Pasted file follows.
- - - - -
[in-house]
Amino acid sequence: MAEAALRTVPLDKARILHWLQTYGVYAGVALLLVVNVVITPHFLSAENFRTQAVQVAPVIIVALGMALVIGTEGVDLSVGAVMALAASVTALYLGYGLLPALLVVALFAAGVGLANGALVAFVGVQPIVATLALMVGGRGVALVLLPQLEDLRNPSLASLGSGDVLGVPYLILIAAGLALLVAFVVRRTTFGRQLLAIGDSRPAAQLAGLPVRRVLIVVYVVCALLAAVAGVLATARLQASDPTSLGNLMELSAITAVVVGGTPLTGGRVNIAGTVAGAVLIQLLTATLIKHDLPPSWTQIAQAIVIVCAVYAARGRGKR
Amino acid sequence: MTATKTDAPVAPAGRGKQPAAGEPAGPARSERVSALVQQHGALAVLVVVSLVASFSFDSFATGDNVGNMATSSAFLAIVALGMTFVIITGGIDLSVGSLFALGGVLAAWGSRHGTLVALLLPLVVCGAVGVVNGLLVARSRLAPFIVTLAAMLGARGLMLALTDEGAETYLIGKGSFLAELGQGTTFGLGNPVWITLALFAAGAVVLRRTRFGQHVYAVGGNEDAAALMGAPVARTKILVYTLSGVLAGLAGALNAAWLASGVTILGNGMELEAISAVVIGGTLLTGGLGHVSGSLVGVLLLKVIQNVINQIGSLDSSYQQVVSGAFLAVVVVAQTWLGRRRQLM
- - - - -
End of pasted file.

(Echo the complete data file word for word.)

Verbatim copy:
[in-house]
Amino acid sequence: MAEAALRTVPLDKARILHWLQTYGVYAGVALLLVVNVVITPHFLSAENFRTQAVQVAPVIIVALGMALVIGTEGVDLSVGAVMALAASVTALYLGYGLLPALLVVALFAAGVGLANGALVAFVGVQPIVATLALMVGGRGVALVLLPQLEDLRNPSLASLGSGDVLGVPYLILIAAGLALLVAFVVRRTTFGRQLLAIGDSRPAAQLAGLPVRRVLIVVYVVCALLAAVAGVLATARLQASDPTSLGNLMELSAITAVVVGGTPLTGGRVNIAGTVAGAVLIQLLTATLIKHDLPPSWTQIAQAIVIVCAVYAARGRGKR
Amino acid sequence: MTATKTDAPVAPAGRGKQPAAGEPAGPARSERVSALVQQHGALAVLVVVSLVASFSFDSFATGDNVGNMATSSAFLAIVALGMTFVIITGGIDLSVGSLFALGGVLAAWGSRHGTLVALLLPLVVCGAVGVVNGLLVARSRLAPFIVTLAAMLGARGLMLALTDEGAETYLIGKGSFLAELGQGTTFGLGNPVWITLALFAAGAVVLRRTRFGQHVYAVGGNEDAAALMGAPVARTKILVYTLSGVLAGLAGALNAAWLASGVTILGNGMELEAISAVVIGGTLLTGGLGHVSGSLVGVLLLKVIQNVINQIGSLDSSYQQVVSGAFLAVVVVAQTWLGRRRQLM